Key Concepts: Hidden Markov Models, Machine Learning, Tutorials, Statistical Analysis
This repository contains a collection of C++ tutorials that I put together for a class of junior electrical engineering students. They’re designed to be short, simple, and accessible to complete beginners. I’ve been getting good feedback from the students, so I thought that I would share the tutorials with whoever may be interested in them.
Key Concepts: C++, C, Coding, Tutorials
Here you’ll find a Jupyter Notebooks writeup detailing Version 1 of the Gaze Tracking System. The Gaze Tracking System designed to determine which line of text that an individual is currently reading given absolutely no prior knowledge of the page layout or what is being displayed on the screen whatsoever. Currently, the algorihm is able to detect when a reader progresses from one line to the next down the page, beginning from the top, and is able to accurately pinpoint in real time when this change of lines takes place. Given noisy data, the system performs well, and is able to accurately construct the layout of the page in terms of lines of text on the page in real time.
Key Concepts: Machine Learning, Python (Numpy/Pomegranate), Bayesian Statistics, Hidden Markov Models
This repository contains a program which employs a Neural Network (NN), written by me from scratch, designed to recieve input data in the form of an individual’s pupil diameter in order to detect whether or not the particular individual is currently engaged in a task which they consider to be easy, somewhat difficult, or very difficult. A short training/calibration period is necessary (approximately 20 minutes - the duration can be adjusted depending on necessity), during which time the NN learns the specific parameters of that individual. After the training period the program is designed to take measurements every 2 minutes using data from that time frame to construct a single feature vector, outputting the level of focus that the individual was most likely experiencing during those two minutes.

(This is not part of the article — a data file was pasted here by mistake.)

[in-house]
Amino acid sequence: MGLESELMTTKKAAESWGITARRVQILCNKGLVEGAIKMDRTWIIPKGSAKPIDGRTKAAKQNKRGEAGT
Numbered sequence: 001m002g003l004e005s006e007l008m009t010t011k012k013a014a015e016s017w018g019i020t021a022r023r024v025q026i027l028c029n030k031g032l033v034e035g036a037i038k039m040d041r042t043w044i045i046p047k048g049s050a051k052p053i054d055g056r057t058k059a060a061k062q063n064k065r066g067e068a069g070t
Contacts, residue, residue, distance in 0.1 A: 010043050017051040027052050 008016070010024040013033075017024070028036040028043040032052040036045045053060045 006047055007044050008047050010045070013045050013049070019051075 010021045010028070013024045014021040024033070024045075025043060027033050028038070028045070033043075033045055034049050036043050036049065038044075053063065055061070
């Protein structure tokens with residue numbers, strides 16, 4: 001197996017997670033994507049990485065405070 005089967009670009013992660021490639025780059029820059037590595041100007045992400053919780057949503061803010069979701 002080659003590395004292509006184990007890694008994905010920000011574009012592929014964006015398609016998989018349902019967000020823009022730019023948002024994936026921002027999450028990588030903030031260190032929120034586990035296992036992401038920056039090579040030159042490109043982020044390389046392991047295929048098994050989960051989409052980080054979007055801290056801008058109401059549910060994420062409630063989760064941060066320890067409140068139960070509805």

Key Concepts: Machine Learning, Neural Networks, Matlab, Feature Engineering, Data Science
TheHockeySummit.com is an ongoing project of mine. The coach of the San Diego Gulls and founder of THS, Justin Roethlingshoefer, had approached me asking if I was available to work on the site for him in early 2018. I was, and still am, a bit of a web-dev hobbyist so I welcomed the opportunity to work on something new. I currently manage any front-end or back-end changes to the site that must be implemented as the company grows.